- The Washington Times - Saturday, September 22, 2007

ISLAMABAD, Pakistan — Pakistani President Pervez Musharraf appointed a new intelligence chief and promoted five other generals in a staff shake-up yesterday just days after signaling he would quit the military if elected to a new five-year term.

Outside the supreme court, hundreds of flag-waving supporters of Pakistan’s biggest Islamic party held an anti-Musharraf rally as judges heard petitions challenging his right to run for re-election.

Opposition parties, who claim it would be illegal for Gen. Musharraf to run, staged smaller street protests across Pakistan and their leaders vowed to quit parliament a week before the presidential vote, scheduled for Oct. 6.

Gen. Musharraf, a U.S. ally, signaled Tuesday that he would step down as army chief if re-elected — restoring civilian rule eight years after he took power. Opposition parties want him to quit the army post before the election.

Gen. Musharraf’s popularity has dropped since his botched effort to fire the chief justice of the supreme court earlier this year. His administration also is struggling to contain Islamic militancy amid unpopularity over Pakistan’s alliance with the United States.

Underscoring the threat to his government, al Qaeda leader Osama bin Laden urged Pakistanis to rebel against Gen. Musharraf in a new message released Thursday, saying his military’s siege of a militant mosque stronghold in July makes him an infidel.

In a preliminary shuffling of the army’s top ranks announced by the military, Gen. Musharraf appointed Maj. Gen. Nadeem Taj, who was his military secretary in the 1999 coup, as director-general of the powerful Inter-Services Intelligence agency.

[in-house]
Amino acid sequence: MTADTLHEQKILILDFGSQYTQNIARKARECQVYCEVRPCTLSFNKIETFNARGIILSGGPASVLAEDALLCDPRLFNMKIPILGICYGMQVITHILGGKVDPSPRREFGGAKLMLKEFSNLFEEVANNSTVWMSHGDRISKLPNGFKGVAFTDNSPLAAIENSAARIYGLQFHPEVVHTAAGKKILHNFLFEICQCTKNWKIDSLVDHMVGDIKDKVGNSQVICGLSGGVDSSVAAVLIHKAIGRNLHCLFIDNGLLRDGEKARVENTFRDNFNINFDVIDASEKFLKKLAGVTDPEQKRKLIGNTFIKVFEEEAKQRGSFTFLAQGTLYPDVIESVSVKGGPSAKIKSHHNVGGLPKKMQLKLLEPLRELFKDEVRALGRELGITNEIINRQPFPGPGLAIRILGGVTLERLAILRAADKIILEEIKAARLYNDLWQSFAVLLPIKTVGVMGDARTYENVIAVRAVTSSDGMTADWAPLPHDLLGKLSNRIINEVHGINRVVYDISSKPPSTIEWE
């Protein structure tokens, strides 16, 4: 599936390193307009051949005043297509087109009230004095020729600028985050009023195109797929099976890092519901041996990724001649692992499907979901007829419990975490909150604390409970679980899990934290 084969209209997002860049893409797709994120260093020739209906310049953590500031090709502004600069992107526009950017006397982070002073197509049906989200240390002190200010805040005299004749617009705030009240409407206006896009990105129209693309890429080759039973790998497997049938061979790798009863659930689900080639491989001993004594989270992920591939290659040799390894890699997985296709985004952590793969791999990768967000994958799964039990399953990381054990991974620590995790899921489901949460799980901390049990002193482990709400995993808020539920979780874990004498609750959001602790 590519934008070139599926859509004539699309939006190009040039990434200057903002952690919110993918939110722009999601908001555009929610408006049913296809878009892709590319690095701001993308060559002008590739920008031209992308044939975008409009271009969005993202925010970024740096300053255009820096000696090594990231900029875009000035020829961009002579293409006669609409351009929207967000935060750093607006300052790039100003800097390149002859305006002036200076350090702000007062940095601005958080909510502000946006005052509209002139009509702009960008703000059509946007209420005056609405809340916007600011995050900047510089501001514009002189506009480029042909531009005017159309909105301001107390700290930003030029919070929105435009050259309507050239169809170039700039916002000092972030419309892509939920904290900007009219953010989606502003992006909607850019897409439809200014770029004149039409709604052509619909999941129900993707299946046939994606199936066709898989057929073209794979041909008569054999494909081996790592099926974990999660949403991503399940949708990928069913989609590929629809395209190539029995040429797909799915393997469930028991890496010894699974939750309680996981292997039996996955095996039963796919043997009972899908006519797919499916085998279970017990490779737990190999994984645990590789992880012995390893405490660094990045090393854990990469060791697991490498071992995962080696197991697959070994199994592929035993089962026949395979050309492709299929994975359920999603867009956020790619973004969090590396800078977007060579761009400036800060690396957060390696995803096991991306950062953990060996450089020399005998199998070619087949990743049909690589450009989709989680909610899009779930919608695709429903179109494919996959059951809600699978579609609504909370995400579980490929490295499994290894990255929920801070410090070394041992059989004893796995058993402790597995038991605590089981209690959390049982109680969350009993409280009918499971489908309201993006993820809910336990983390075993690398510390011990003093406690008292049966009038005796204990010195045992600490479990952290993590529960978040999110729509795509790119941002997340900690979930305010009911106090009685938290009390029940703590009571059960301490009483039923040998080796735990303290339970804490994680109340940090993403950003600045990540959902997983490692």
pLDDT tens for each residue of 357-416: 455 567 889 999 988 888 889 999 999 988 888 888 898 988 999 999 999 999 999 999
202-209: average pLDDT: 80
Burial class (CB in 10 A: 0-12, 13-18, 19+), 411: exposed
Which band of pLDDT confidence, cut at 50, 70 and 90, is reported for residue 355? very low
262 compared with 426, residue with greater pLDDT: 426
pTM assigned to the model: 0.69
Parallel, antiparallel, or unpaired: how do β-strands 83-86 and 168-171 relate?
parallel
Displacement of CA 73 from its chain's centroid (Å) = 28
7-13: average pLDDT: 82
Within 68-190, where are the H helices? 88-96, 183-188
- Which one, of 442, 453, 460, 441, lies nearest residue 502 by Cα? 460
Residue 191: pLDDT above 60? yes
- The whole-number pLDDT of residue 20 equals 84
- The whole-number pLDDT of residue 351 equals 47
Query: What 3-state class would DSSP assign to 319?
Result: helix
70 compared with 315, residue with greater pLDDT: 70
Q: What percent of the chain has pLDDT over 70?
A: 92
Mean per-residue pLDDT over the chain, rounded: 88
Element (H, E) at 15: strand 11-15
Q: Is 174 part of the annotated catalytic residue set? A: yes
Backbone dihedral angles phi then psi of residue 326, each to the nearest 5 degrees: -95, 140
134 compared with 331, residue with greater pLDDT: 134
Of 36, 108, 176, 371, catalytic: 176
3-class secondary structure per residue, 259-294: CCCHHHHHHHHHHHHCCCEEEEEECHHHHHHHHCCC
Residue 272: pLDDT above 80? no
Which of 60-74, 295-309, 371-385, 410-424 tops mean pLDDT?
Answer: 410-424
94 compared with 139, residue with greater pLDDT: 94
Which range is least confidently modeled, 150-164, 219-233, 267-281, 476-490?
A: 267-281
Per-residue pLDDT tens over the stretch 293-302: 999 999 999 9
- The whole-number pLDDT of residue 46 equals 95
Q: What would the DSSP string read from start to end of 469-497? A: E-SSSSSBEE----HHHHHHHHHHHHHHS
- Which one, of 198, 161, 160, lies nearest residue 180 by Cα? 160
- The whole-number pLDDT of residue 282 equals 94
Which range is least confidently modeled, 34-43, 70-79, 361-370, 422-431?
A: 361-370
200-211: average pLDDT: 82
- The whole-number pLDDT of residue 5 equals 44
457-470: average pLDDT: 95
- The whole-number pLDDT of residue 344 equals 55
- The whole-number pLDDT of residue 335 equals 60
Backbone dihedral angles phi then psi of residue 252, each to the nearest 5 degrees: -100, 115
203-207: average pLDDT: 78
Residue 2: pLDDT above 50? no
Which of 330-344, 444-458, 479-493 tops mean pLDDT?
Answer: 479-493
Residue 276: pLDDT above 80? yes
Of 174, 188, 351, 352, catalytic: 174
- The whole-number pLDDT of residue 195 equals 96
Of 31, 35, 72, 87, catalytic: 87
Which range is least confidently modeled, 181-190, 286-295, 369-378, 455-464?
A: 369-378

He replaces Lt. Gen. Ashfaq Kiani, who is among the top generals tipped by analysts as a possible successor to Gen. Musharraf as army chief.

About 1,000 flag-waving supporters of Pakistan’s biggest religious party, Jamaat-e-Islami, rallied outside the white marble supreme court. Joined by supporters of exiled former Prime Minister Nawaz Sharif, they shouted, “Go, Musharraf, go.”

Inside the court, a nine-member panel of judges heard petitions before adjourning until Monday. A ruling that could determine Gen. Musharraf’s eligibility for the election is expected early next week.

An electoral college comprising all federal and provincial lawmakers is to choose the next president on Oct. 6. Parliamentary elections are to follow by mid-January.

Raja Zafarul Haq, chairman of Mr. Sharif’s party, said lawmakers from an opposition alliance would resign from the assemblies on Sept. 29 and protest nationwide the next day.

Under pressure from Washington to broaden the base of his government, Gen. Musharraf has held talks that could lead him to share power with former Prime Minister Benazir Bhutto, who plans to return to Pakistan Oct. 18 to campaign in the parliamentary elections.

While the negotiations have stalled, some analysts say the two leaders could team up to oppose the conservative supporters of Mr. Sharif and Islamist parties.

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